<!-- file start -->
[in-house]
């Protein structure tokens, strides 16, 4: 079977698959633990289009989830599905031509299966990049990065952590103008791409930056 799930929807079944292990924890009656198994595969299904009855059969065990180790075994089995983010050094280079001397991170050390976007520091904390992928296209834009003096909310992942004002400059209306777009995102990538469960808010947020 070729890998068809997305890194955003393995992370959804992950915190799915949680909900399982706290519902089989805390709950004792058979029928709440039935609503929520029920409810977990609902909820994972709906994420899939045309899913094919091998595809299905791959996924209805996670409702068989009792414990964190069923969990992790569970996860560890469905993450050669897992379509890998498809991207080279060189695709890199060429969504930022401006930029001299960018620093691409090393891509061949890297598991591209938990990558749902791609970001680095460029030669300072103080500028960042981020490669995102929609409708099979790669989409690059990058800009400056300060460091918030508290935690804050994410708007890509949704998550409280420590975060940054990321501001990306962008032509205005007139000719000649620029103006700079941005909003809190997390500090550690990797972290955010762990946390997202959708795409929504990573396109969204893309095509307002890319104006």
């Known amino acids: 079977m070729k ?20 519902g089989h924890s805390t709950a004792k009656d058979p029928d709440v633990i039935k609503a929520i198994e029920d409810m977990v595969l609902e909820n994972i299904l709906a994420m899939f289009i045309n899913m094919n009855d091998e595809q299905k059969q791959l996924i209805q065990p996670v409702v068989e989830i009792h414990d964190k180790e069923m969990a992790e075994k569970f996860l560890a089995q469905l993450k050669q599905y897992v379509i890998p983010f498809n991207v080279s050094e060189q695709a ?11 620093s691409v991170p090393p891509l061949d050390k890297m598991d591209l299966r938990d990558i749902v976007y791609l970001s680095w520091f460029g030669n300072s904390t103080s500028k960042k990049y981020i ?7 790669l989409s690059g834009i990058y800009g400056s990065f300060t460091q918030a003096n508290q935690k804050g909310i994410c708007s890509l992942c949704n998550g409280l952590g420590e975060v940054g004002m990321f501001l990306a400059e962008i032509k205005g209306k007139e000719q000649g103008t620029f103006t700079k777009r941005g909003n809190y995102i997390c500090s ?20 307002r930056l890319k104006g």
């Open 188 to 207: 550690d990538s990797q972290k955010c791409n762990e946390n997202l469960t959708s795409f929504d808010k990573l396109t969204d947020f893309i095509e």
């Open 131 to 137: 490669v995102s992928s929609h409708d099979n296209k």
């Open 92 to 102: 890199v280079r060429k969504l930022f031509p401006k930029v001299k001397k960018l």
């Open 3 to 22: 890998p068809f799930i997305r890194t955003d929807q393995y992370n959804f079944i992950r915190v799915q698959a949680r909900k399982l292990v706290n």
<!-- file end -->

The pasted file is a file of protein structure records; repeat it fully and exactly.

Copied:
[in-house]
């Protein structure tokens, strides 16, 4: 079977698959633990289009989830599905031509299966990049990065952590103008791409930056 799930929807079944292990924890009656198994595969299904009855059969065990180790075994089995983010050094280079001397991170050390976007520091904390992928296209834009003096909310992942004002400059209306777009995102990538469960808010947020 070729890998068809997305890194955003393995992370959804992950915190799915949680909900399982706290519902089989805390709950004792058979029928709440039935609503929520029920409810977990609902909820994972709906994420899939045309899913094919091998595809299905791959996924209805996670409702068989009792414990964190069923969990992790569970996860560890469905993450050669897992379509890998498809991207080279060189695709890199060429969504930022401006930029001299960018620093691409090393891509061949890297598991591209938990990558749902791609970001680095460029030669300072103080500028960042981020490669995102929609409708099979790669989409690059990058800009400056300060460091918030508290935690804050994410708007890509949704998550409280420590975060940054990321501001990306962008032509205005007139000719000649620029103006700079941005909003809190997390500090550690990797972290955010762990946390997202959708795409929504990573396109969204893309095509307002890319104006």
């Known amino acids: 079977m070729k ?20 519902g089989h924890s805390t709950a004792k009656d058979p029928d709440v633990i039935k609503a929520i198994e029920d409810m977990v595969l609902e909820n994972i299904l709906a994420m899939f289009i045309n899913m094919n009855d091998e595809q299905k059969q791959l996924i209805q065990p996670v409702v068989e989830i009792h414990d964190k180790e069923m969990a992790e075994k569970f996860l560890a089995q469905l993450k050669q599905y897992v379509i890998p983010f498809n991207v080279s050094e060189q695709a ?11 620093s691409v991170p090393p891509l061949d050390k890297m598991d591209l299966r938990d990558i749902v976007y791609l970001s680095w520091f460029g030669n300072s904390t103080s500028k960042k990049y981020i ?7 790669l989409s690059g834009i990058y800009g400056s990065f300060t460091q918030a003096n508290q935690k804050g909310i994410c708007s890509l992942c949704n998550g409280l952590g420590e975060v940054g004002m990321f501001l990306a400059e962008i032509k205005g209306k007139e000719q000649g103008t620029f103006t700079k777009r941005g909003n809190y995102i997390c500090s ?20 307002r930056l890319k104006g």
């Open 188 to 207: 550690d990538s990797q972290k955010c791409n762990e946390n997202l469960t959708s795409f929504d808010k990573l396109t969204d947020f893309i095509e």
């Open 131 to 137: 490669v995102s992928s929609h409708d099979n296209k």
């Open 92 to 102: 890199v280079r060429k969504l930022f031509p401006k930029v001299k001397k960018l």
């Open 3 to 22: 890998p068809f799930i997305r890194t955003d929807q393995y992370n959804f079944i992950r915190v799915q698959a949680r909900k399982l292990v706290n």